Definition of "Agequake"

CHRIS  SMITH real estate agent

Agequake is not the era of earthquakes!

It’s a term that was coined by author Paul Wallace in his 1999 book “Agequake: Ridding the demographic rollercoaster shaking business, finance and our world” and describes a shift in the population pyramid. However statistically backed by Wallace, we could say that this was nothing but an educated guess, however, here we are, almost 20 years later, and guess what? His predictions were pretty much accurate and we are already feeling the effects of the demographic pyramid turned upside-down.

See, the Agequake is basically the continued reign of the Baby Boomer generation. Up until then, each new generation had a certain life expectancy and each new generation had the expectancy to financially live a better life than the generation before. But that stopped with the Millennials. Why? Because, through the advance of medicine and better habits, the Baby Boomers are living (with quality) longer than ever. Which makes them stay longer in the workforce, putting a burden on social security and making everything harder for the Millennial generation, that now has to deal with a supersaturated job market with a much steeper corporate ladder to climb and no safety net (social security) to fall back.

The practical effect of Agequake is the economical focus on a demographic that used to be slim, but now is huge (and has more money than any other demographic): people from 55 and up. That’s why you see a lot of “old” shows and entertainment franchises being brought back to life – rather than having “remakes” - nowadays.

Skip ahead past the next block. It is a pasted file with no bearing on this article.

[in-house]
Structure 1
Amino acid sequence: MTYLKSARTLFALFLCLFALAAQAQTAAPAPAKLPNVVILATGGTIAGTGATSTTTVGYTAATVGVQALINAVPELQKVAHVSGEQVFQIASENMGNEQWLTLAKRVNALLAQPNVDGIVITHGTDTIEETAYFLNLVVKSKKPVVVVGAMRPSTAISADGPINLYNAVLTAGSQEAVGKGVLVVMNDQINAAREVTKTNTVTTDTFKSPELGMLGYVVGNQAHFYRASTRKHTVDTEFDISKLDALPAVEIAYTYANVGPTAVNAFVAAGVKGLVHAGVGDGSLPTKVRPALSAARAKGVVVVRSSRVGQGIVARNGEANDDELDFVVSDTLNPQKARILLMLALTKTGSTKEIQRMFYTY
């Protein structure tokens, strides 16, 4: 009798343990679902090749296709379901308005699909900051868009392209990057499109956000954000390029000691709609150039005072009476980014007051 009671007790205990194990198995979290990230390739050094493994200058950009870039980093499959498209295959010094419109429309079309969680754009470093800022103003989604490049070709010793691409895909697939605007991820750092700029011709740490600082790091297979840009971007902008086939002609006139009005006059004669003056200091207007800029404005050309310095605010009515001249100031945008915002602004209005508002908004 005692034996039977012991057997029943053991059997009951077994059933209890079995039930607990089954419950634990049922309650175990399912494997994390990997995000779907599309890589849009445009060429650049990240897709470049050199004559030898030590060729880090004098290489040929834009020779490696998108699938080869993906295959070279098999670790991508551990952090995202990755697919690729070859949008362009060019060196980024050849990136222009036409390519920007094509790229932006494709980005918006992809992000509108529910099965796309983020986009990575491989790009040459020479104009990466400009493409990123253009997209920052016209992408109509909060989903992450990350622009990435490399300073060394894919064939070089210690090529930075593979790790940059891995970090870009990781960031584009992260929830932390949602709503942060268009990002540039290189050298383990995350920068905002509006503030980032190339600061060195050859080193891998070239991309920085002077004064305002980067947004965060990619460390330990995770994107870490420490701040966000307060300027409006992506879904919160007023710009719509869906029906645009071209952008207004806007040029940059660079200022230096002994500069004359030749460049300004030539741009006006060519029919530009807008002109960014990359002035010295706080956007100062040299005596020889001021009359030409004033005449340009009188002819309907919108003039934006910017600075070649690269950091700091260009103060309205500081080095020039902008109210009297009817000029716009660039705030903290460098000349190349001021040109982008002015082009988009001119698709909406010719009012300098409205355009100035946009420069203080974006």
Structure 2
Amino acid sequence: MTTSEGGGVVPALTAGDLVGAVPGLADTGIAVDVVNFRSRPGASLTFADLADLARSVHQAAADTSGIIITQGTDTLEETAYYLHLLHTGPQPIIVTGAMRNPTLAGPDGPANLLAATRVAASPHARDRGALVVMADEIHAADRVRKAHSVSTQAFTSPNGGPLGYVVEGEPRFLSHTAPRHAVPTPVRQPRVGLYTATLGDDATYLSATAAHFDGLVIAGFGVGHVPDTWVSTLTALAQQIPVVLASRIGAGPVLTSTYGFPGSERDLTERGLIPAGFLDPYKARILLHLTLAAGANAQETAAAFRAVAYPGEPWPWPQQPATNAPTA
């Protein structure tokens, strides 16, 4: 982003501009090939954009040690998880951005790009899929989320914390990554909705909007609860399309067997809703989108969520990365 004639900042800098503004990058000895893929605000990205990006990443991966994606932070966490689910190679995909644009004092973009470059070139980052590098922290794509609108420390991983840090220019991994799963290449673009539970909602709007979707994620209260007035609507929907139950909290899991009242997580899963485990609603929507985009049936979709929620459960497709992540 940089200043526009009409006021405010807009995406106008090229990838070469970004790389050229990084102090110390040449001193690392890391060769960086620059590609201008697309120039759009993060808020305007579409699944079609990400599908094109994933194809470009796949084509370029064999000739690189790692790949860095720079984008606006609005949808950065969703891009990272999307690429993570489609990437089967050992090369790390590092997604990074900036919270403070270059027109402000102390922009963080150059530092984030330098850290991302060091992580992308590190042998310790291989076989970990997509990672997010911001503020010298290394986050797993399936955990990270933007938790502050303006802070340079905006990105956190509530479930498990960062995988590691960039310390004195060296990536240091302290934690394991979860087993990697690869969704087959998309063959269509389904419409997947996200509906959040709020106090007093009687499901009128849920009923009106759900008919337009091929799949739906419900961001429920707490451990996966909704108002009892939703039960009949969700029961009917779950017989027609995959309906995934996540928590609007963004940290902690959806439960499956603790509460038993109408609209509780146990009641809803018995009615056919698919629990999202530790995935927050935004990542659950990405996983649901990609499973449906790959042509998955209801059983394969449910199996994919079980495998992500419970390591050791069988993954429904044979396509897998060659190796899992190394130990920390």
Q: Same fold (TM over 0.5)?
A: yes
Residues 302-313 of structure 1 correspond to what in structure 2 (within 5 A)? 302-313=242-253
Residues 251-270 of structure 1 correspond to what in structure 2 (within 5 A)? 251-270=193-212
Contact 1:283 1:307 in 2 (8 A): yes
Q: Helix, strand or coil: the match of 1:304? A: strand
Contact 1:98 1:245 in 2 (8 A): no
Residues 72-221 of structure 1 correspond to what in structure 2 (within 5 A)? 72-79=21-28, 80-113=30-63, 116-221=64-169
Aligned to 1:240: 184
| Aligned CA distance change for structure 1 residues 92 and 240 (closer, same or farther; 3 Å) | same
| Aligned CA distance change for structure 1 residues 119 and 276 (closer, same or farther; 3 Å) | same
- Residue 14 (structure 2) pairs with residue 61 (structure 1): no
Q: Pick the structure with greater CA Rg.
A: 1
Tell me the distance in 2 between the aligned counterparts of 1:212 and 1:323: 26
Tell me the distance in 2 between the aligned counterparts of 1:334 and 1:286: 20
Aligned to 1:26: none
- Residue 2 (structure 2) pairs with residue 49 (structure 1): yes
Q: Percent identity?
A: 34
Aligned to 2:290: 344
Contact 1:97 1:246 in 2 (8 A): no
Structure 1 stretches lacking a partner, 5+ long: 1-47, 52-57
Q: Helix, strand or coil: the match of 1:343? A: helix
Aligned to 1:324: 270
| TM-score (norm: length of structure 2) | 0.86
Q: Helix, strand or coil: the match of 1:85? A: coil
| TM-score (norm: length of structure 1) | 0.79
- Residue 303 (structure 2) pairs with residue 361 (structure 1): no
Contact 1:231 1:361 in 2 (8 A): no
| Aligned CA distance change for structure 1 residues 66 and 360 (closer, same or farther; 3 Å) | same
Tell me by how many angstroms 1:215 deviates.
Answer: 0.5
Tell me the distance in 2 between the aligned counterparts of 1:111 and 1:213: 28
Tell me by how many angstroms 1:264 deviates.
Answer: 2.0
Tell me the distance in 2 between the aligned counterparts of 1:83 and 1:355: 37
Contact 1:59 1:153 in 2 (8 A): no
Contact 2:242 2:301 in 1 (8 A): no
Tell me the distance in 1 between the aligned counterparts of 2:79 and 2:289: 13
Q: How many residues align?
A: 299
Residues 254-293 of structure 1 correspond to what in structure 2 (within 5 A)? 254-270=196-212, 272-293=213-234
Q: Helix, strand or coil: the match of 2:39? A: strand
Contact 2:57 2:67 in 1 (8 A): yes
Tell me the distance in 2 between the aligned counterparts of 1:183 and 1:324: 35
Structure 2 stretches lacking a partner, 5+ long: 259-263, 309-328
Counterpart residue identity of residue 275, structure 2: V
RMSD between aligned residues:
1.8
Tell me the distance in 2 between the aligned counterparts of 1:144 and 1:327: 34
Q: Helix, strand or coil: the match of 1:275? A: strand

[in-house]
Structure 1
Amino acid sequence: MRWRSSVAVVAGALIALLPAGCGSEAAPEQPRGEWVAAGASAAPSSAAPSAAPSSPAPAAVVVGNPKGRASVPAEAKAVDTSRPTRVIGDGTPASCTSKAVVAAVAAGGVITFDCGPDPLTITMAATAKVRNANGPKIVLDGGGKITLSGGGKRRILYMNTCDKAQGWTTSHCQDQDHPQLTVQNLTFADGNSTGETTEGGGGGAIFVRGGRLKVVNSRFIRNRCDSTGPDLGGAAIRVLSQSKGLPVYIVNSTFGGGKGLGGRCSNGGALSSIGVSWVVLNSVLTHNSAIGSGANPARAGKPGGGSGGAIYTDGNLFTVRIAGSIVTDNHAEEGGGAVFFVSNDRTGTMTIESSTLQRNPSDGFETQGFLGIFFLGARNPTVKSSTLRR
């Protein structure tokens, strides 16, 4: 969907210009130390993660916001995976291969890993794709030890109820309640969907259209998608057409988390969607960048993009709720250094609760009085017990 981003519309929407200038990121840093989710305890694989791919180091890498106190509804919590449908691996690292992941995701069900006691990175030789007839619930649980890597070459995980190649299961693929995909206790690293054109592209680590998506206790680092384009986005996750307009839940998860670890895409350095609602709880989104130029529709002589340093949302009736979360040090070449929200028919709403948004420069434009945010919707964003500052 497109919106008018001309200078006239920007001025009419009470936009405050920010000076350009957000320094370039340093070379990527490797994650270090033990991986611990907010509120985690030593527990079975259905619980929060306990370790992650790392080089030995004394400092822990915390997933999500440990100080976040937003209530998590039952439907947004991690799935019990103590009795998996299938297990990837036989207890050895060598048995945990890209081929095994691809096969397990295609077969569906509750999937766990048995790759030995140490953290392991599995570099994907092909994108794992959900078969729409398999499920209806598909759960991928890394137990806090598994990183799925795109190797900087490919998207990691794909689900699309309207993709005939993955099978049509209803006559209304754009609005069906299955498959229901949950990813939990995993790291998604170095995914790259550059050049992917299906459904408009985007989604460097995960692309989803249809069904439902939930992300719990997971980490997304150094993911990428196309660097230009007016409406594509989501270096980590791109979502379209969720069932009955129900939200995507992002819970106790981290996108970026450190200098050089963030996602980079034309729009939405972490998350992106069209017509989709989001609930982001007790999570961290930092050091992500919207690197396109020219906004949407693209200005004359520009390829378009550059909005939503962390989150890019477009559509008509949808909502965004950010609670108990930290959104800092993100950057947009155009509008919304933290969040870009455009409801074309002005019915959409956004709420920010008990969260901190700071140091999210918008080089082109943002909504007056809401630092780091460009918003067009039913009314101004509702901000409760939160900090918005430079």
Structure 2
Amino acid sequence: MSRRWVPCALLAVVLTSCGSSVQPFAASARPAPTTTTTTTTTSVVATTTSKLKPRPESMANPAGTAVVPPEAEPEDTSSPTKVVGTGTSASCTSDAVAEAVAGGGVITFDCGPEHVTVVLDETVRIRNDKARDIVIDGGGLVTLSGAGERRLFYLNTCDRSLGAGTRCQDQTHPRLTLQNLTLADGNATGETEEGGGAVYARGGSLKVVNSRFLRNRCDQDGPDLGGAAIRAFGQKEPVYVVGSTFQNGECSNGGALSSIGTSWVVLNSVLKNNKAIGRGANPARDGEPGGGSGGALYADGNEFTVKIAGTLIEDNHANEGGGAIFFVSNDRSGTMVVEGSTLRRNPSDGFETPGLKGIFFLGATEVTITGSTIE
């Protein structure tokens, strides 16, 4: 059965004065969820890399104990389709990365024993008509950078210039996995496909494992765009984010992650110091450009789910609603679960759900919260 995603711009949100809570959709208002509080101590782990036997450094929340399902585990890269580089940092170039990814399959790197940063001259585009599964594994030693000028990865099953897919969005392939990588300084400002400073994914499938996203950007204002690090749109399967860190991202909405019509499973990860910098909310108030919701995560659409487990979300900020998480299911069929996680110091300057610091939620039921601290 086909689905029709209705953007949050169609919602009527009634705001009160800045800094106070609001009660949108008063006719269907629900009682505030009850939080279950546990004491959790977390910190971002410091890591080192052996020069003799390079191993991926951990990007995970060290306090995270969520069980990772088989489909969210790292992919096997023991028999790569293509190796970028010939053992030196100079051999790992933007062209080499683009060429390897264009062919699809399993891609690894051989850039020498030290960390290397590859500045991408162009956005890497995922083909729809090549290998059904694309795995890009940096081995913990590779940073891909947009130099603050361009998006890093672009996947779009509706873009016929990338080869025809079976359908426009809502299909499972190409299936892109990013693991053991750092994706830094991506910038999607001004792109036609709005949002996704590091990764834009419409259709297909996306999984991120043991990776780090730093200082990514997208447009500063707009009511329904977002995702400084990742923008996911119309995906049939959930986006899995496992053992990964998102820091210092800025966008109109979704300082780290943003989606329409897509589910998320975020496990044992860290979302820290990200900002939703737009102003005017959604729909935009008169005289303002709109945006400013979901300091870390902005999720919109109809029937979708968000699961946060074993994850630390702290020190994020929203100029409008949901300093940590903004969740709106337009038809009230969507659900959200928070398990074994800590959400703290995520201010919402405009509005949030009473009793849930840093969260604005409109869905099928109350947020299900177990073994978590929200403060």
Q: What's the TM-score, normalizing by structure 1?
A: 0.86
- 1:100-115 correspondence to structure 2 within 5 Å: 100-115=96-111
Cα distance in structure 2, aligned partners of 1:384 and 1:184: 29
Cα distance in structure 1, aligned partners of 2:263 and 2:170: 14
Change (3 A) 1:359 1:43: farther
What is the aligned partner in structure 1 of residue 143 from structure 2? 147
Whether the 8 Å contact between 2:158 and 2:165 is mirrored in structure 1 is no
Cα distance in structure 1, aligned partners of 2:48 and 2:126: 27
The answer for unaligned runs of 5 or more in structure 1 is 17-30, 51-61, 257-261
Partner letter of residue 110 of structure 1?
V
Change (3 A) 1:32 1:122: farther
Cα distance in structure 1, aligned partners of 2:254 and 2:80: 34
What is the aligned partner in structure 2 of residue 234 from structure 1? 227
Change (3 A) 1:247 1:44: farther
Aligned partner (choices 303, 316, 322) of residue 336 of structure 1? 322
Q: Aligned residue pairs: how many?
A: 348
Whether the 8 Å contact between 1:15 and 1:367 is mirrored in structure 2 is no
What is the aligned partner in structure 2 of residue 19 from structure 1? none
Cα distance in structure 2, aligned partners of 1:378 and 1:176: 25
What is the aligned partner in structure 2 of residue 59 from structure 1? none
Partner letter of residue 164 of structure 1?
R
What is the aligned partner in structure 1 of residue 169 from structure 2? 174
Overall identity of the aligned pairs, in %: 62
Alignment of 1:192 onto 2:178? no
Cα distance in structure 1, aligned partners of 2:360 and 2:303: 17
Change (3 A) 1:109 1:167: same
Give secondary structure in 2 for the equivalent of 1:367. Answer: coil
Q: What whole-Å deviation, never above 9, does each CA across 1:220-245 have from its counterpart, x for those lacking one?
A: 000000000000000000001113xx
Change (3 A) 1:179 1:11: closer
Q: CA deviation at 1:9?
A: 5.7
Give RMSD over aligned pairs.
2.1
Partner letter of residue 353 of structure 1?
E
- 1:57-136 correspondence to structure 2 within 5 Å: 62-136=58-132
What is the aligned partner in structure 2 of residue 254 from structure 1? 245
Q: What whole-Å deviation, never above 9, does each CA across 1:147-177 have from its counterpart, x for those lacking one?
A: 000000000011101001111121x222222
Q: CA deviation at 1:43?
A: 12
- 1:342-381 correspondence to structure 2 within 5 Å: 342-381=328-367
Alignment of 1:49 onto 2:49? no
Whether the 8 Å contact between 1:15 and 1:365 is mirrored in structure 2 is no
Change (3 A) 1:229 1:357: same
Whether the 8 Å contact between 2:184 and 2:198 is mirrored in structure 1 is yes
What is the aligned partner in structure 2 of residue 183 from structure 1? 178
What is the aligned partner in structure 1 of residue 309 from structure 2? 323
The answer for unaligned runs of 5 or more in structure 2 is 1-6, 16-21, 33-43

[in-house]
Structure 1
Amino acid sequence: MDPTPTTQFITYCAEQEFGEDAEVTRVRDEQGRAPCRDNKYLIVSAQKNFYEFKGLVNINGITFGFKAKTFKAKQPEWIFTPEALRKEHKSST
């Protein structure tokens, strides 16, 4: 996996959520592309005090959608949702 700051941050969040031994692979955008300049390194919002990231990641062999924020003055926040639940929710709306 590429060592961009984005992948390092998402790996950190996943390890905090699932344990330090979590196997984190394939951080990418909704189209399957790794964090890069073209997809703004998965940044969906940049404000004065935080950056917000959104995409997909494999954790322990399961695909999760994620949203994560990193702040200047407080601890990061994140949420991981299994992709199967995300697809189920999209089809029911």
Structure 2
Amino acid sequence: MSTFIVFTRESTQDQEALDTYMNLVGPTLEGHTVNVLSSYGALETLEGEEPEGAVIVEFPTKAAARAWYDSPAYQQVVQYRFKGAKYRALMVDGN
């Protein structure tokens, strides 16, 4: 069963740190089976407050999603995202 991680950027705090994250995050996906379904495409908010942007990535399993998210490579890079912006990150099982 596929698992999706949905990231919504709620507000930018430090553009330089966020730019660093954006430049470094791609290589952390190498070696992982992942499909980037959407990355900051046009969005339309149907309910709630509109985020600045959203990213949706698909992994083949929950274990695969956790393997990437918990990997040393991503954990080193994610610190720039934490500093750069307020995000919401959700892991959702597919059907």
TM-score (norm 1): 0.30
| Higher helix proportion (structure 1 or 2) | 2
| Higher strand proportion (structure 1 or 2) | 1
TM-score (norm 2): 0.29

In real estate, Agequake is starting to manifest itself more by the absence of Millennials buying houses than by a “change” in the target. The thing is that the real estate market as we know it is arguably what it is because of the baby boomers. Before them, it was a mere housing necessity; after them, it became much more than that. It became an industry, a market, an investment venue. So, as the Baby Boomers lingered around, the real estate industry never really had to change its target. However, as time continues to pass and life happens with uncontrollable events like accidents and an increasing cost of health insurance, chances are the Boomers are the ones who’ll have to adapt their real estate expectations.


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Want to read a more in-depth article about the subject? Read our Agequake: can the population pyramid affect the real estate market? on Realty Times.

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